“When I asked the mother why she left early the other day, she said she thought they were done,” recalled Tecra. “‘I had only brought my child to be weighed, that was all I wanted,’ she had said, totally unaware the child needed to be vaccinated.

Tecra promptly gave the infant girl the measles-rubella vaccine that she had missed and counselled her mother on the importance of vaccines. The mother returned to her village with a daughter protected against two deadly diseases and with a new understanding of the importance of immunization for her child’s health.

A health provider in Tabora, Tanzania gives a child an immunization shot.
A health provider in Tabora, Tanzania gives a child an immunization shot.
Charles Wanga, MCSP Tanzania

A HEALTHY START FOR EVERY CHILD

Over the past fifteen years, the child mortality rate in Tanzania has been reduced by 63 percent, falling from 131 infant deaths per 1,000 live births in 2000 to 49 deaths per 1,000 live births in 2015.4 USAID has contributed to that success through the U.S. Government’s investment of more than $250 million since 2000 for maternal and child health in Tanzania.

Today, despite high rates of vaccination coverage across Tanzania, certain regions have disproportionately high numbers of under- and unvaccinated children. USAID is working to improve immunization services in three poorer-performing districts that together account for 40 percent of all under- and unvaccinated children in the country.

Through pre-service training and curriculum improvement, USAID is building Tanzania’s capacity to deploy more effective immunization services in the future so that the health sector and its workers can better serve all Tanzanians. By investing in the immunization systems of countries such as Tanzania, USAID invests in stronger and more resilient health systems for the future. Our efforts in Tanzania and other USAID priority countries for maternal and child health are saving lives today, and at the same time helping to build a safer, healthier and more prosperous tomorrow.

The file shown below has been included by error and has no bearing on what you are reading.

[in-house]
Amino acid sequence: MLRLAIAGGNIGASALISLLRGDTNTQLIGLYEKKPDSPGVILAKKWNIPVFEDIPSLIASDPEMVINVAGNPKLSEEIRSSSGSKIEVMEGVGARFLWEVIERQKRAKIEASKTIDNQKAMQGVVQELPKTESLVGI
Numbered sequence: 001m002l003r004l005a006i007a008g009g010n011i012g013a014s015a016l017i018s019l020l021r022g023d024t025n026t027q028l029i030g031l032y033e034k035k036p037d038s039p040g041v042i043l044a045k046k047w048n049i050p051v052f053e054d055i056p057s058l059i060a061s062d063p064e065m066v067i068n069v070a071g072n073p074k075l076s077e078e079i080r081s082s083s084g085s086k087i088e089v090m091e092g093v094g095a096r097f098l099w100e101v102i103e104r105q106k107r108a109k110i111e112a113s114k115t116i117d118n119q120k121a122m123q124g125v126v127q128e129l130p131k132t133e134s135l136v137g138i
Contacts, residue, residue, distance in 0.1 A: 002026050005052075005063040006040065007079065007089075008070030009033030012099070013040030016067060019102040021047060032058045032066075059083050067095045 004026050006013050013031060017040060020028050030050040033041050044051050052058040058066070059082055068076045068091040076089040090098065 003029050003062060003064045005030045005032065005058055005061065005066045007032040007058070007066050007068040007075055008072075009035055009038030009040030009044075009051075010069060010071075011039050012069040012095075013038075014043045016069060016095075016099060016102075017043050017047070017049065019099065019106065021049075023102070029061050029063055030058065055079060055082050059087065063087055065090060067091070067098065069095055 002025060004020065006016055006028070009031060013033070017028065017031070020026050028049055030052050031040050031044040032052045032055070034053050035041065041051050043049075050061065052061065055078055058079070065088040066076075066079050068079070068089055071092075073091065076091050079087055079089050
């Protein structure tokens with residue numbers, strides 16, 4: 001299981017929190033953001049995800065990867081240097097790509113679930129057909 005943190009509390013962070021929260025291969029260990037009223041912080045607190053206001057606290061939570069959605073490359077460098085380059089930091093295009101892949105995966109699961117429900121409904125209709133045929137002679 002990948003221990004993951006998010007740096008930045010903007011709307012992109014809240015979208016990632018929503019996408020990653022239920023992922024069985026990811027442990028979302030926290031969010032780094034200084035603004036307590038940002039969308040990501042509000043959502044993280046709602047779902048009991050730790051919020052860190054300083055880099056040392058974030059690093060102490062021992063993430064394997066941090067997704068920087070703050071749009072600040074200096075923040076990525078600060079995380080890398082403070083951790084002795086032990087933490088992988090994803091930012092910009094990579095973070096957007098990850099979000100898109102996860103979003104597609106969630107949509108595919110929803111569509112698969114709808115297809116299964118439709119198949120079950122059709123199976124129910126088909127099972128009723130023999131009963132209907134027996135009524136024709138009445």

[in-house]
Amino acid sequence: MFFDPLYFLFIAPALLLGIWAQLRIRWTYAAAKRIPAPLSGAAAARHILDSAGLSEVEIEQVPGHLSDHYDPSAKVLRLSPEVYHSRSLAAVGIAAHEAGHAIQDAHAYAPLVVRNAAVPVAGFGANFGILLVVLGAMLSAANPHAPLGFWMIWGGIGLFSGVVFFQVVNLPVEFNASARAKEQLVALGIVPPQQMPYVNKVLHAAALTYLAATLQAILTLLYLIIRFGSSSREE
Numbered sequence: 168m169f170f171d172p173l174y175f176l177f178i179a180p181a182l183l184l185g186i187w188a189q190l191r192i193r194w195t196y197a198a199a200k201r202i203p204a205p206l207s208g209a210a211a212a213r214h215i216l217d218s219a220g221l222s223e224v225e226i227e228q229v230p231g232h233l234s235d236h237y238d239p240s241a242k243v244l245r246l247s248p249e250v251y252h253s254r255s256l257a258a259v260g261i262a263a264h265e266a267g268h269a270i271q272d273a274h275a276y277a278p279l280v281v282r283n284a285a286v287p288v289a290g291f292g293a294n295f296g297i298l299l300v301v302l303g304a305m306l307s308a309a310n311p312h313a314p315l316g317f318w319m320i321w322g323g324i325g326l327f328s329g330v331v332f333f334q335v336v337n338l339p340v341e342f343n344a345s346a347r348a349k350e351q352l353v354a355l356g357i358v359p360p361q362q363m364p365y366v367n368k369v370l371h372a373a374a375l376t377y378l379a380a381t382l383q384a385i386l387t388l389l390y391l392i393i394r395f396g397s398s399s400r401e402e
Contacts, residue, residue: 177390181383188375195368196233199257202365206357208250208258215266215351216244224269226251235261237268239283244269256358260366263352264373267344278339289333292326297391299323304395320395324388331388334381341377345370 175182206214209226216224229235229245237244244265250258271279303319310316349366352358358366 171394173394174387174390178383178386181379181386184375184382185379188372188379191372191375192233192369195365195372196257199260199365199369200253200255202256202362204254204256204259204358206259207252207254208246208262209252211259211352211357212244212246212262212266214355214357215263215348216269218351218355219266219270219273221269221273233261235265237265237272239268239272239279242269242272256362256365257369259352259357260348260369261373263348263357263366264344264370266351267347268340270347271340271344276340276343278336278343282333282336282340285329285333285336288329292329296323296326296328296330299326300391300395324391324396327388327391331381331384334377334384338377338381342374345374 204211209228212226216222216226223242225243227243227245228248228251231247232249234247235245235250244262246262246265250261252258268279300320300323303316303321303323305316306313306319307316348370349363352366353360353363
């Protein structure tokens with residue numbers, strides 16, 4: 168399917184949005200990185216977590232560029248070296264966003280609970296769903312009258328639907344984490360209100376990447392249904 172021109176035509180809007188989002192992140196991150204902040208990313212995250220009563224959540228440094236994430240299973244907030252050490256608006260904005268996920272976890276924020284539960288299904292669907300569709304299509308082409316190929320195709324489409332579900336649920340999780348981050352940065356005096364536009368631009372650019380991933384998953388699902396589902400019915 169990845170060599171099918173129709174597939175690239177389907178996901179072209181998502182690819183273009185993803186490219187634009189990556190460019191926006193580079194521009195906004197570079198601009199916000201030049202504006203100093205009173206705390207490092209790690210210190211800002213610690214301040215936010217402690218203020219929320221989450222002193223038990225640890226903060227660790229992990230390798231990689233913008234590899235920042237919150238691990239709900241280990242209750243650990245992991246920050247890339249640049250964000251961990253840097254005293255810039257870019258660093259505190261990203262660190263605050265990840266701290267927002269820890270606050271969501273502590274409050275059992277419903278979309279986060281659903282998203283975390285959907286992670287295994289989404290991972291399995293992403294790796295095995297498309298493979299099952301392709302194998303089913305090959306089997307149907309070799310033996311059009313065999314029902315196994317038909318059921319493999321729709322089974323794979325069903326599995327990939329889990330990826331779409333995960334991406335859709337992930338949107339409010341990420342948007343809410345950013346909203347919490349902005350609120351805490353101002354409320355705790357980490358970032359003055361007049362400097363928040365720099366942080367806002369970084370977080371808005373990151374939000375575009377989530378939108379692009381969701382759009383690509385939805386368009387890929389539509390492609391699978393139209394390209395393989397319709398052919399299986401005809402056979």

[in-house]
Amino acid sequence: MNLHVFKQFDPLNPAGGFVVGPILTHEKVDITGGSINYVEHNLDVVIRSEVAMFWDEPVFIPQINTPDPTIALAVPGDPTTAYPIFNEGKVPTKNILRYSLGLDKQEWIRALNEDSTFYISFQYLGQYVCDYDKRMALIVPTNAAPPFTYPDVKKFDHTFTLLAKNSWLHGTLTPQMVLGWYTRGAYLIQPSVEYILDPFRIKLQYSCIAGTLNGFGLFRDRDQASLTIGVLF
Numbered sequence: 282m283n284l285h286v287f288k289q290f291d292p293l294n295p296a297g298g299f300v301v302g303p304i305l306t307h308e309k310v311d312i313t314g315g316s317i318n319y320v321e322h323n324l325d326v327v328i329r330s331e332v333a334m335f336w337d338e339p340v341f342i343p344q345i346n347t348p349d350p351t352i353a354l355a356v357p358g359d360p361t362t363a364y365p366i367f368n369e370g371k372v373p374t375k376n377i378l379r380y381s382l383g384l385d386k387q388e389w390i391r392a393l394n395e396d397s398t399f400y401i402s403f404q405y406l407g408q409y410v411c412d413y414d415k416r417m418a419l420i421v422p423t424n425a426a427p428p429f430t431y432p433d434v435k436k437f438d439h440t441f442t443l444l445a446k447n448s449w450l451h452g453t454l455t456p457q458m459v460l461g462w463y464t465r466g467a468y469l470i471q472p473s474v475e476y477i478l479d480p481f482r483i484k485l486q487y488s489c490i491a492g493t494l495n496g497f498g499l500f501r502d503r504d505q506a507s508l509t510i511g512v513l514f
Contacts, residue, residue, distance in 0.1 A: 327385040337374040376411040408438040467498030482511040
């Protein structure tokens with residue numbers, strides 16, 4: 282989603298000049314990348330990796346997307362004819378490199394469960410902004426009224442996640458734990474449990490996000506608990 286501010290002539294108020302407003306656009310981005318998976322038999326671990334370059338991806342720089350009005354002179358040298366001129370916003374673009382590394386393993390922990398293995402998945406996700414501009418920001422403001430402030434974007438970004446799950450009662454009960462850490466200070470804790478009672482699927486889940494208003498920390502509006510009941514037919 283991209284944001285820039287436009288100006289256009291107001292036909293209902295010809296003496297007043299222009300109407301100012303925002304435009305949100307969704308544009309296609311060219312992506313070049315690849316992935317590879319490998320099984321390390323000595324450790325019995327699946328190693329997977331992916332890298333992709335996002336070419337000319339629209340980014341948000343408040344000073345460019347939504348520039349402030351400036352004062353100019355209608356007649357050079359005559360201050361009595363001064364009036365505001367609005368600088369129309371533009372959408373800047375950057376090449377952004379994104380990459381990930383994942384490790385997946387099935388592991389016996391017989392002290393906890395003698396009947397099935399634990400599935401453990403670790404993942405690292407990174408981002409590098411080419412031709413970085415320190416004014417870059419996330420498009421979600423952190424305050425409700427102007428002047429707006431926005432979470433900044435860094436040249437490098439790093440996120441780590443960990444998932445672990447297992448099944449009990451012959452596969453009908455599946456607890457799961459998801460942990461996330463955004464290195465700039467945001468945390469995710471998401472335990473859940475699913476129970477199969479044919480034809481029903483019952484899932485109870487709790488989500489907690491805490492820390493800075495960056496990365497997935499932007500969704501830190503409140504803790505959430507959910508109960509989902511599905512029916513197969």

FROM INVESTMENT TO IMPACT

USAID’s efforts are helping to keep children safe from vaccine preventable diseases. In the 2014 Acting on the Call Report, USAID formulated a roadmap for making data-driven decisions and targeted investments to save the lives of 15 million children and 600,000 women by 2020.5 In Tanzania, scaling up high impact practices could save the lives of 460,000 children under-5 by 2020.6

By improving the health of women and children in countries like the Tanzania, USAID invests in the wellbeing of communities and societies around the globe. USAID and our partners are advancing American security and prosperity in an increasingly globalized world.

Meet more of the women and children that benefit from USAID's efforts.


« Back to the Acting on the Call home page


1 Levels and Trends in Child Mortality: Report 2015. UNICEF, September 2015.
2 2017 Acting on the Call Report
3 Immunization and Vaccine Development (IVD) program data, 2014. Unpublished.
4 Levels and Trends in Child Mortality: Report 2015. UNICEF, September 2015.
5 Acting on the Call: Ending Preventable Child and Maternal Deaths. USAID, June 2014.
6 Acting on the Call: Ending Preventable Child and Maternal Deaths. USAID, June 2015.

Last updated: June 20, 2017

Share This Page